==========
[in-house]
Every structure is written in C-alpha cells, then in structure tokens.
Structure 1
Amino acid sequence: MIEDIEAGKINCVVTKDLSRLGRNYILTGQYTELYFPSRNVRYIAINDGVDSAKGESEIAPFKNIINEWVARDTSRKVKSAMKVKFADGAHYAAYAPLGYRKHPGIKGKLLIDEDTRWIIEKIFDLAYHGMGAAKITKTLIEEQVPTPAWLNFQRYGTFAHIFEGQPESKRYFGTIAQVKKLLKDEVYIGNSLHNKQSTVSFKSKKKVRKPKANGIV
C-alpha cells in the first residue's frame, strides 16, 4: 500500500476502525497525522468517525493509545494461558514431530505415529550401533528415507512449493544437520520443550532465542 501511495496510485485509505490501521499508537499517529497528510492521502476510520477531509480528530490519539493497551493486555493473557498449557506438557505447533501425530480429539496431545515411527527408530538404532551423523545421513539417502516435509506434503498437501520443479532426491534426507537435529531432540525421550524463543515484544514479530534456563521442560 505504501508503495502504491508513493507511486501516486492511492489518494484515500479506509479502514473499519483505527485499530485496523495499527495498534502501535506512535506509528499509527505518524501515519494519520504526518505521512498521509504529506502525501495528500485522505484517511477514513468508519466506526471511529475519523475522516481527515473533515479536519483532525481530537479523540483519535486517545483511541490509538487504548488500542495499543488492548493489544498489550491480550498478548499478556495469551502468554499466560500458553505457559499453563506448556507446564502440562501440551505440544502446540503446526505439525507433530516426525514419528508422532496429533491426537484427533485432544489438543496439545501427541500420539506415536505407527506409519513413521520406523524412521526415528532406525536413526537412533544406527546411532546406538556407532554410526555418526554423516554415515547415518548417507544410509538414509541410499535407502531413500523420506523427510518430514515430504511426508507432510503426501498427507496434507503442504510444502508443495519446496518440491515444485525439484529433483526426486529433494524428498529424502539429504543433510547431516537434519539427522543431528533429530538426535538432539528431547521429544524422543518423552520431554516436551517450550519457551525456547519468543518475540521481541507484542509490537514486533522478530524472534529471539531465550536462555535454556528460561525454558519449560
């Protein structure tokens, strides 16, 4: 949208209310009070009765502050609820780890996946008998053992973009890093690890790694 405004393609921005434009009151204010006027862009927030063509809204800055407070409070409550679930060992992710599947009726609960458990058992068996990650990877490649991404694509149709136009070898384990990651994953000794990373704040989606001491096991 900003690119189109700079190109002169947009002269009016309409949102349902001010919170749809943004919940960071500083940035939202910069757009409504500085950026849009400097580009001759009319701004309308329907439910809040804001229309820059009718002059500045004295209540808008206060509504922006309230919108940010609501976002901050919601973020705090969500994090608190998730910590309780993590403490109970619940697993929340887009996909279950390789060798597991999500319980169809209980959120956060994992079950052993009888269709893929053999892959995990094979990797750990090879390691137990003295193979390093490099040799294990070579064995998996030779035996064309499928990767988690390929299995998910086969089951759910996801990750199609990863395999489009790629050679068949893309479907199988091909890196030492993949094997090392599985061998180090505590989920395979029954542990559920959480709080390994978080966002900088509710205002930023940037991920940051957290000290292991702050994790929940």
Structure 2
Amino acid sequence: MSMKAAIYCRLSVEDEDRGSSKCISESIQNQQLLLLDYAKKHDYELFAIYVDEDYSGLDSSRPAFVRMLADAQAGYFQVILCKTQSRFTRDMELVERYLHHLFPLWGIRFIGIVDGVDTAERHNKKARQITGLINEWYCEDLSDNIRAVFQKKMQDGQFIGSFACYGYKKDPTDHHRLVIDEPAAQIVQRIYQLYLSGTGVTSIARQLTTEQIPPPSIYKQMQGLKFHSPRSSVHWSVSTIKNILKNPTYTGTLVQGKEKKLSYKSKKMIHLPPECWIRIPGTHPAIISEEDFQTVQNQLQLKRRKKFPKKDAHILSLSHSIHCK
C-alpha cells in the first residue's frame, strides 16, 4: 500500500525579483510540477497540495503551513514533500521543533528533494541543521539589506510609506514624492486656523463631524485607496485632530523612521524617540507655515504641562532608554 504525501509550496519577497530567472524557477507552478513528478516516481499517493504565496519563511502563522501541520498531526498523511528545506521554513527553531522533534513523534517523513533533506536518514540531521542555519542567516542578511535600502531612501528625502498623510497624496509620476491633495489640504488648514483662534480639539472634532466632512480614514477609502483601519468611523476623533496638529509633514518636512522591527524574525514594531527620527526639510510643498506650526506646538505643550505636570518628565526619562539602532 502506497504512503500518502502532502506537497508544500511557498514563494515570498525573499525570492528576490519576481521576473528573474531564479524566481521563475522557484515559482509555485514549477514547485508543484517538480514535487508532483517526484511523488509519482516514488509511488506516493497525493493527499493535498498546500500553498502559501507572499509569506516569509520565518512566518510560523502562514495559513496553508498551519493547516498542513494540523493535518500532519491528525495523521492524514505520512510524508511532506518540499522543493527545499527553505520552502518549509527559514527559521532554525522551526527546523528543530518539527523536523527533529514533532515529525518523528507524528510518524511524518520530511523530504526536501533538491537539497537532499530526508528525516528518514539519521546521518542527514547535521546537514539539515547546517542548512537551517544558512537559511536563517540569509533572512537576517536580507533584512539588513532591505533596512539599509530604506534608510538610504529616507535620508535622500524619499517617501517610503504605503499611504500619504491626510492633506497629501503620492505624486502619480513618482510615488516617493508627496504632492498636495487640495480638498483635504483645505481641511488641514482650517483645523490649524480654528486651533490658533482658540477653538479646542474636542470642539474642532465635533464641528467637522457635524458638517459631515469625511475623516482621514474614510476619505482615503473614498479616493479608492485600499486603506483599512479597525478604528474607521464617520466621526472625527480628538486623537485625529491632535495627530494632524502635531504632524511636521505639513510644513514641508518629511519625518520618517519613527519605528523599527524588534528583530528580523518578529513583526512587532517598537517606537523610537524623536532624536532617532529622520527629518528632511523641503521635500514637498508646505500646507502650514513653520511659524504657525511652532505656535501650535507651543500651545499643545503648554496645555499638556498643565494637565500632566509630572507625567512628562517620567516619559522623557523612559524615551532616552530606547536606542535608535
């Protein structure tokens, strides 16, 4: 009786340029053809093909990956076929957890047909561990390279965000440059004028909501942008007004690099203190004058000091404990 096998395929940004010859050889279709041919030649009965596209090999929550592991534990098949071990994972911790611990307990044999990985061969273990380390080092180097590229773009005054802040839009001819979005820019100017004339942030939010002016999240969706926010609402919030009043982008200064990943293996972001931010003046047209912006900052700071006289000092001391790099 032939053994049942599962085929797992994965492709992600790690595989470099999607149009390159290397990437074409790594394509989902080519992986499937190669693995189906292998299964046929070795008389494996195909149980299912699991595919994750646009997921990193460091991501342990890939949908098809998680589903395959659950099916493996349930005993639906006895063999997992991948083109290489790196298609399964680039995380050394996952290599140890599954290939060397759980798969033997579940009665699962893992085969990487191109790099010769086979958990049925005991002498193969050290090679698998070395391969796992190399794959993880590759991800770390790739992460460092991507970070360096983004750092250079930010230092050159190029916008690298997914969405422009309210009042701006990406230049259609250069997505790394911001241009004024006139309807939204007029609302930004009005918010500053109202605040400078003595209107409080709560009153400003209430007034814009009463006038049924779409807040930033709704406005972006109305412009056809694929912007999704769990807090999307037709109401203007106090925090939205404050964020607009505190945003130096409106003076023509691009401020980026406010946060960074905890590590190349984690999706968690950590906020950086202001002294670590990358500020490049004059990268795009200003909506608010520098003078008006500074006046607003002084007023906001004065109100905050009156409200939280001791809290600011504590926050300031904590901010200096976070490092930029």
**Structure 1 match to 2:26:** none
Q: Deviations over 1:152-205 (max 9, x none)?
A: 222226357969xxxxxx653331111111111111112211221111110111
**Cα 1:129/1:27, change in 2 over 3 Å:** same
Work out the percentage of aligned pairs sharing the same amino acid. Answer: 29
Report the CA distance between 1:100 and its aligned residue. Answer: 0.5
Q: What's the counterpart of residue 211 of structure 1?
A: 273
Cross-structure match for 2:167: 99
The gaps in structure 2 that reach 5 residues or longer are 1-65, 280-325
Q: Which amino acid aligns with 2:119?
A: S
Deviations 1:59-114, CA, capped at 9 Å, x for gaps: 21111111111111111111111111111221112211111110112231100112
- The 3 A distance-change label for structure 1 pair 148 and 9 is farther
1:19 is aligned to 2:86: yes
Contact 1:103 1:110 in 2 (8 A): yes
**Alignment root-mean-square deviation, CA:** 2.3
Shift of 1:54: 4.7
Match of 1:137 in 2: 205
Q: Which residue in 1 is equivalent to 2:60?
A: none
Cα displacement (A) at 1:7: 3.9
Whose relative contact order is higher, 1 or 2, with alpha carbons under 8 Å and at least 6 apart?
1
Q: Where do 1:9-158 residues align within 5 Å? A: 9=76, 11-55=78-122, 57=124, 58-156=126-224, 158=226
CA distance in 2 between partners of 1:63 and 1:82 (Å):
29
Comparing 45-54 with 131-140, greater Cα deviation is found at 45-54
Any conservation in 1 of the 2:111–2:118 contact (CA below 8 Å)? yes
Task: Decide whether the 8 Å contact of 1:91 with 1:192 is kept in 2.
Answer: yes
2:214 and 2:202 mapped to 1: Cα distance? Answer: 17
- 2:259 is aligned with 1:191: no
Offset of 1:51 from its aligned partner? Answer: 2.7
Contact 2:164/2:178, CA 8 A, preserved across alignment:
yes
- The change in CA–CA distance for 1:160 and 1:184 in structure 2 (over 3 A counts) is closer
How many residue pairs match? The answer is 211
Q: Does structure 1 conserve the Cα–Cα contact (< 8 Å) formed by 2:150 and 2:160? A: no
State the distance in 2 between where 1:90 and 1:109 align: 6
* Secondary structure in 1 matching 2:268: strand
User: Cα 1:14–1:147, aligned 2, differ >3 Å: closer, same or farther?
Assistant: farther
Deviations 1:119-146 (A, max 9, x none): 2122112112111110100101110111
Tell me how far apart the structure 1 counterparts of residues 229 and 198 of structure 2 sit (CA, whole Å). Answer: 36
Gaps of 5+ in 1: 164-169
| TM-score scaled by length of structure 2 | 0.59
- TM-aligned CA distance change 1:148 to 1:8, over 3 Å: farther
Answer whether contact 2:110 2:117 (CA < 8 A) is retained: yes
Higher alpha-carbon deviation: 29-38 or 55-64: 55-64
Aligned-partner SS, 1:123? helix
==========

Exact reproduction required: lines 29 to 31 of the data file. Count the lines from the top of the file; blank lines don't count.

Match of 1:137 in 2: 205
Q: Which residue in 1 is equivalent to 2:60?
A: none